2nd Interdisciplinary Innovation conference
“Participating in Innovation, Innovating in Participation”
The call for new forms of participation has become common in the public sphere, promising renewed forms of public engagement, more efficient industrial processes, and more democratic decision-making processes. Technological innovation is a particular case when considering current discourses of participation. It is both problematised as needing more developed or open forms of participation, and proposed as a mean for experimenting with original participatory formats, for example, in: crowdfunding, citizen science, amateur reviewing/rating, online communities for public debates, consumer participation in (participatory) product design.
- How should the call for new forms of participation in technological innovation be understood, in terms of both public policy and the private sector?
- How are social and economic organisations thereby shaped?
- What does this mean for new processes of innovation?
The second i3 conference “Participating in innovation, innovating in participation” aims to launch and deepen interdisciplinary discussion on the forms and effects of modes of participation in technological innovation. The principal issues that the conference will address are as follows:
1. Practices and sociotechnical devices
Sociotechnical devices are crucial resources for supporting involvement and participation as interactional accomplishments. These devices comprise participatory instruments such as public dialogue mechanisms, web platforms through which users interact with the content they are interested in, or user-oriented experiments undertaken by private companies.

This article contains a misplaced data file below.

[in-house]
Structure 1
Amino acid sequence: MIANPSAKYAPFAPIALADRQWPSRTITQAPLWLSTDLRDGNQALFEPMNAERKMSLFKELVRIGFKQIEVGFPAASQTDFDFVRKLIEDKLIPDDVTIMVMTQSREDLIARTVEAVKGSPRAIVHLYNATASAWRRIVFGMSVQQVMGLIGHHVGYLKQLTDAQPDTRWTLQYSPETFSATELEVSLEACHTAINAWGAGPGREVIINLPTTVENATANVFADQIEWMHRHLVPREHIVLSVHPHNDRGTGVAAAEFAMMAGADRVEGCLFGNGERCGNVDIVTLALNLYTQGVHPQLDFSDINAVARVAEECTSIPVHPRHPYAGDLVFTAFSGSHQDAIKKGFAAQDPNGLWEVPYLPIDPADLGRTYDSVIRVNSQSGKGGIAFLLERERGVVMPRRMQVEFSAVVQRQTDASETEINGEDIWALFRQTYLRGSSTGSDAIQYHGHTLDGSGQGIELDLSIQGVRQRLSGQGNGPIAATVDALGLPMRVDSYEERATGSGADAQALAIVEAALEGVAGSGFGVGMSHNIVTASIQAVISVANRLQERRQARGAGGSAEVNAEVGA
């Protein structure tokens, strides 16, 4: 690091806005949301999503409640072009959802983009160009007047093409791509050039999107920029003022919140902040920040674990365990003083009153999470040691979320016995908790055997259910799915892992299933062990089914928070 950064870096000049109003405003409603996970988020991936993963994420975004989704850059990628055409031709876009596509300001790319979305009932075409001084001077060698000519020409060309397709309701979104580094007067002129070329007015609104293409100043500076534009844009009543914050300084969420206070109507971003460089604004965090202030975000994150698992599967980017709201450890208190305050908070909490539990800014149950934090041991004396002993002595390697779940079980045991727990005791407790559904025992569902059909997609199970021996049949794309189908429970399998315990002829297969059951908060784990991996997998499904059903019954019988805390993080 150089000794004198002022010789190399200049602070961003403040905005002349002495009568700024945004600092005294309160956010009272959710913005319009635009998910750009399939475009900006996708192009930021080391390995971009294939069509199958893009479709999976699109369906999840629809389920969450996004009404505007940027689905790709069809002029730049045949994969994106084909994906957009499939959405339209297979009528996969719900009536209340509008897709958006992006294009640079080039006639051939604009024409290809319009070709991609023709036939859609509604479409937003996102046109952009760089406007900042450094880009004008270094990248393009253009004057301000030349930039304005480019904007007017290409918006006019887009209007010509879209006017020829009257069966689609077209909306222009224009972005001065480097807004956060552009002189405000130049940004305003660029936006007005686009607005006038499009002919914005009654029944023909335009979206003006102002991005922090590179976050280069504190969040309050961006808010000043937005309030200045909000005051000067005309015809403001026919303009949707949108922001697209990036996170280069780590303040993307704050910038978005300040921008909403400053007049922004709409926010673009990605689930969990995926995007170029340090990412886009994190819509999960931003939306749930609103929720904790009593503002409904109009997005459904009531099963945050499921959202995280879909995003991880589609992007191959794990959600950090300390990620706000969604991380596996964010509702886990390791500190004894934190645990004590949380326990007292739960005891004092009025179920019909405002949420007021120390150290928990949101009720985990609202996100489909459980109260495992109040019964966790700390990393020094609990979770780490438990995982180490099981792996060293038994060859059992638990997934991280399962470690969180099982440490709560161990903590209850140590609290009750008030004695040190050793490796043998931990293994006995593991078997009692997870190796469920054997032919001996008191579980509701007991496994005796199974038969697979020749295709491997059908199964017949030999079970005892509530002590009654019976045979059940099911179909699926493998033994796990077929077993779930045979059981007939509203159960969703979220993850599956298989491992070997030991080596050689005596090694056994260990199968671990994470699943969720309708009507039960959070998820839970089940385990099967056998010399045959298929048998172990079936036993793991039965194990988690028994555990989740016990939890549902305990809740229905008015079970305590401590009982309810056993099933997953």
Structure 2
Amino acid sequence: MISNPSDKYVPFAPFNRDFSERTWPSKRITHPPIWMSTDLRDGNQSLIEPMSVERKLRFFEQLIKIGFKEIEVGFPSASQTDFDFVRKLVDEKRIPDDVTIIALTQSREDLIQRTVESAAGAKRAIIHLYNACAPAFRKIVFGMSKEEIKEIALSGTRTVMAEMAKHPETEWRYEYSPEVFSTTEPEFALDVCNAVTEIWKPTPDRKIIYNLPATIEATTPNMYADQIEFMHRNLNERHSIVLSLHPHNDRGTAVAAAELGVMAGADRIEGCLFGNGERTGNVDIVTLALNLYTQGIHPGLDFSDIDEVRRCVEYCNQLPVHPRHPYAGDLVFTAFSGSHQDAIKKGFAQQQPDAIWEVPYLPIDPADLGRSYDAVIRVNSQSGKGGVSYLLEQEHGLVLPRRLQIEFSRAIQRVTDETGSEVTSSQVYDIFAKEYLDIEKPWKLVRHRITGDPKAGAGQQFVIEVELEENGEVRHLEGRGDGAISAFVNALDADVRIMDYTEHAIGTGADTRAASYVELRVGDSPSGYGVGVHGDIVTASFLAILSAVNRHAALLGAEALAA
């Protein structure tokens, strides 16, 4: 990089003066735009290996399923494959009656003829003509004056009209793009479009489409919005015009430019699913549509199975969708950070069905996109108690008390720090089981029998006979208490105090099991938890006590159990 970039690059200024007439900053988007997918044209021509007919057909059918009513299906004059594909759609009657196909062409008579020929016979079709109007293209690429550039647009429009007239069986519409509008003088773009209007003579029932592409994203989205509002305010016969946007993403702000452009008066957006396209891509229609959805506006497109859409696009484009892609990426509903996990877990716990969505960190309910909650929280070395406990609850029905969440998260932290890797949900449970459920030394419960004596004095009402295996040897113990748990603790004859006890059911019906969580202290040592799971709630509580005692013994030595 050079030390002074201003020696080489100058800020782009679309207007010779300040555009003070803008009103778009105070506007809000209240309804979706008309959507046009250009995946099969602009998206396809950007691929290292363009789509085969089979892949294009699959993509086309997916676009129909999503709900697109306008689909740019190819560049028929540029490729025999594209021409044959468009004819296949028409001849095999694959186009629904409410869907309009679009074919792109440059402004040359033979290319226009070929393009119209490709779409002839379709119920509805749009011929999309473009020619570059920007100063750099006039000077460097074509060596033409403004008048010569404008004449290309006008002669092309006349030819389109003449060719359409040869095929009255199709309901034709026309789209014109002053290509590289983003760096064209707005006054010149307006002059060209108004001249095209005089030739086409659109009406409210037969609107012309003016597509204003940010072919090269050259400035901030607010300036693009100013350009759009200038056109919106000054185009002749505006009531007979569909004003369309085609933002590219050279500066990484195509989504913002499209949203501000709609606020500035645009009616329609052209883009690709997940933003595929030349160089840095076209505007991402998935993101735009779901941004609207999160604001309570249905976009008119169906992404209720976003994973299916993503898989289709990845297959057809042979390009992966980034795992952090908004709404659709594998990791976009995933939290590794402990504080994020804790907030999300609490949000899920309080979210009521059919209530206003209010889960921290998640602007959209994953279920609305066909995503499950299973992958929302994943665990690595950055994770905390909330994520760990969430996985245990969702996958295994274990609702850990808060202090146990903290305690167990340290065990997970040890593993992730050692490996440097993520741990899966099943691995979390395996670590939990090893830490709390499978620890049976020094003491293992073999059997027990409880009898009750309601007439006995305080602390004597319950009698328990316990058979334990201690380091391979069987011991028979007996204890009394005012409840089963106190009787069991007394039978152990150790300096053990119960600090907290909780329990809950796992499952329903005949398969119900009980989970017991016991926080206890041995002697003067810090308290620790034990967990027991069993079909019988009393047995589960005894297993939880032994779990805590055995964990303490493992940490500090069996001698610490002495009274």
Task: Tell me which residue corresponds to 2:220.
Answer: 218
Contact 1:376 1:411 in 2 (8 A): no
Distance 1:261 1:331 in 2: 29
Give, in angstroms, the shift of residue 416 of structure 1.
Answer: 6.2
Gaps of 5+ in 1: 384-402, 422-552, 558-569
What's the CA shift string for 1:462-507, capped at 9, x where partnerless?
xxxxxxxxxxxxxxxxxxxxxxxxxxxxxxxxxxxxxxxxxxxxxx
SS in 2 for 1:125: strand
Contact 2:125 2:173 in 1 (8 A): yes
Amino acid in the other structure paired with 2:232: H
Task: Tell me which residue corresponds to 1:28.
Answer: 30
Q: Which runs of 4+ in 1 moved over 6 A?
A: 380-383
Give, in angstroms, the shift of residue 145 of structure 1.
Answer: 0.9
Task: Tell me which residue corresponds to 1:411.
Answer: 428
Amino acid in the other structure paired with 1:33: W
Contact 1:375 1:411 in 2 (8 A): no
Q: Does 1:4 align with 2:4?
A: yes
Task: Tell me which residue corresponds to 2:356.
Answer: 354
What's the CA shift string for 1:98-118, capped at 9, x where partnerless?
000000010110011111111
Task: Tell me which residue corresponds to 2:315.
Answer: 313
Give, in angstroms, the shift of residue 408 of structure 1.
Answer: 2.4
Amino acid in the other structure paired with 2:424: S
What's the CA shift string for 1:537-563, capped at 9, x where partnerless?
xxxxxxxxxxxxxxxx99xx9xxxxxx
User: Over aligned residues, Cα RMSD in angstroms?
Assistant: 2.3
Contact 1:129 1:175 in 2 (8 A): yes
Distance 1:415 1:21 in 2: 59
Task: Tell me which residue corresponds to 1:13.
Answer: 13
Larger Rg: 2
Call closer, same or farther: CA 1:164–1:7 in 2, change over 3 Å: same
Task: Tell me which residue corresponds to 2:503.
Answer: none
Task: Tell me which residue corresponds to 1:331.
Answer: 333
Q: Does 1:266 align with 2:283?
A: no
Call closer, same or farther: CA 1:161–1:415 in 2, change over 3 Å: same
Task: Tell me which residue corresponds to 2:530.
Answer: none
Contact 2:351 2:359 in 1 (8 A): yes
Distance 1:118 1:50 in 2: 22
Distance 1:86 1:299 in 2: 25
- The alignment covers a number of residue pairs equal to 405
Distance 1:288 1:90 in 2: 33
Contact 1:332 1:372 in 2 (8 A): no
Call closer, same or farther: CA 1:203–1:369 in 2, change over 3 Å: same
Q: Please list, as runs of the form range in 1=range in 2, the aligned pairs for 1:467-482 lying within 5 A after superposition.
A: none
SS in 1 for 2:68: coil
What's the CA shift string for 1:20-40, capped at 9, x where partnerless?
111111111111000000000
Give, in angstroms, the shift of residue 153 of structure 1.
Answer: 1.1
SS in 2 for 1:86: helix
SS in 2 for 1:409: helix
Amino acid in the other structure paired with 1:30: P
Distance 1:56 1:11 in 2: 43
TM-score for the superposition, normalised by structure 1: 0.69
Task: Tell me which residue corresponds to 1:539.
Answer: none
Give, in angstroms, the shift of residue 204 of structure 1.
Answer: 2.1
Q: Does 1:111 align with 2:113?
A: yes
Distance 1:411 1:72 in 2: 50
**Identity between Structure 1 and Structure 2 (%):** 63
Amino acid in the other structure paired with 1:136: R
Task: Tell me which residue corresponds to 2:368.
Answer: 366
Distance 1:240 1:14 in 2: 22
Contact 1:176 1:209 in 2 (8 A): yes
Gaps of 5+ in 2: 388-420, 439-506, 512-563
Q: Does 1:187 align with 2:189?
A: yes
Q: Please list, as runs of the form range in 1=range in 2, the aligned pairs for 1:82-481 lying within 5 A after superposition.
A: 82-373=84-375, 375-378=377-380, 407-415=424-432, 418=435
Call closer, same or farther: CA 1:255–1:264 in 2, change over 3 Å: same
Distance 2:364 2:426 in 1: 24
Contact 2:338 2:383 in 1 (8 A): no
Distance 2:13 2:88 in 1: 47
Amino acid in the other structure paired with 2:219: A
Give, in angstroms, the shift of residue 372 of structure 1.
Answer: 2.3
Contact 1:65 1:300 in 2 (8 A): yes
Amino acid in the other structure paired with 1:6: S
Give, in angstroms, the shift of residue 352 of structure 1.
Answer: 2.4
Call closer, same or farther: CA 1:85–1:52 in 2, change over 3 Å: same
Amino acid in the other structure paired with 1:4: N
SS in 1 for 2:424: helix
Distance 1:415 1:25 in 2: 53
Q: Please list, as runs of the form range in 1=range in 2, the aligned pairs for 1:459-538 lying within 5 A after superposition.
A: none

- On what bases can these sociotechnical devices be analysed?
- What kinds of infrastructures do they rely on?
- How do these infrastructures become stabilised?
Sociotechnical devices are inscribed in networks of professionals as well as in institutional landscapes: how can the ecologies they are embedded in, and partly shape, be accounted for? For example, how can one analyse the situations where devices of participation are economic entities circulating in markets, or emerge as topics of public or private expertise?
Analysis of sociotechnical devices can focus on the micro-processes whereby participants make sense of their engagement, possibly in relation with other multiple activities.
- How can we provide a fine-grained description of the activities whereby individuals are made participants, and act as such?
2. Economic value of contributions
The outcomes of participatory initiatives may create economic value. For example, the contributions of users on travel, art or food-related websites have economic value for the companies being commented upon, as well as for the web-platform that gathers the users’ opinions.
Case studies of ways for creating value from the voluntary or involuntary contributions of users, including in the forms of digital marks they leave, are especially encouraged.
- What economic or business models sustain these initiatives?
- How do these models shape particular modes of user participation?
Analysis of examples could aim at understanding the political and economic dimensions of contemporary practices such as digital labour, crowdfunding, the use of lay expertise or citizen science by private companies or public bodies.
3. Participation as social ordering
Participation can be analysed as a social ordering process, since it allocates roles and responsibilities, makes it possible for some to have their voices heard but not others, and stabilises particular public problems at the expense of others.
- How can the inequalities shaped by participatory mechanisms in technological innovation be accounted for?
- How can we characterise, at micro or macro levels, the hierarchical constructs that participation results in?
These questions may be examined through the analysis of governance practices within emerging communities of practice, and also through the description of the gradual stabilisation of dominant forms of participation.
Romain Badouard (Université de Cergy-Pontoise), Flore Barcellini (CNAM), Jean-Samuel Beuscart (Orange), Anni Borzeix (Ecole Polytechnique), Pierre-Jean Benghozi (Ecole Polytechnique), Eva Boxenbaum (Mines ParisTech), Dominique Cardon (EHESS), Jason Chilvers (U. of East Anglia), Françoise Détienne (Télécom ParisTech), Christian Licoppe (Telecom ParisTech), Dominique Pasquier (Telecom ParisTech), Cécile Méadel (Mines ParisTech), Sezin Topçu (EHESS), Jan-Peter Voß (T.U. Berlin).